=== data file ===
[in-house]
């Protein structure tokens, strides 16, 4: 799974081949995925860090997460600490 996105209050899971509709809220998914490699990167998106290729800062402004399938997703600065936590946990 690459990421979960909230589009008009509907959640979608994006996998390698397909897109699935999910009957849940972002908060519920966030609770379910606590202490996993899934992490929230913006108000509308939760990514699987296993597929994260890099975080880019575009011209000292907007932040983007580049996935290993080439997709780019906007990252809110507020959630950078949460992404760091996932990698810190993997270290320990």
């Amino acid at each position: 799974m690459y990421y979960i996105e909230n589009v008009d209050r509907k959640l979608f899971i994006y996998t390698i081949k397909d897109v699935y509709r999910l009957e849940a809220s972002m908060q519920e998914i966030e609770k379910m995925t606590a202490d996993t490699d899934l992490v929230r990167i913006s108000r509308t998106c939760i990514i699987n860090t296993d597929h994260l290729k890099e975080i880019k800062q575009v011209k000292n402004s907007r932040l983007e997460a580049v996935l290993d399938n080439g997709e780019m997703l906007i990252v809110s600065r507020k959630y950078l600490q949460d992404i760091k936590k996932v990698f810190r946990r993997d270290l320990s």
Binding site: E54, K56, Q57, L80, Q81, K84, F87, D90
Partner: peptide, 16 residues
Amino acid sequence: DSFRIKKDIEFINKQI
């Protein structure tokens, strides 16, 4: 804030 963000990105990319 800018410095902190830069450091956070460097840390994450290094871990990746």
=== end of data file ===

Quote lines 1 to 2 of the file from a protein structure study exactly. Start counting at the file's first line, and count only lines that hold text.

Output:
[in-house]
């Protein structure tokens, strides 16, 4: 799974081949995925860090997460600490 996105209050899971509709809220998914490699990167998106290729800062402004399938997703600065936590946990 690459990421979960909230589009008009509907959640979608994006996998390698397909897109699935999910009957849940972002908060519920966030609770379910606590202490996993899934992490929230913006108000509308939760990514699987296993597929994260890099975080880019575009011209000292907007932040983007580049996935290993080439997709780019906007990252809110507020959630950078949460992404760091996932990698810190993997270290320990």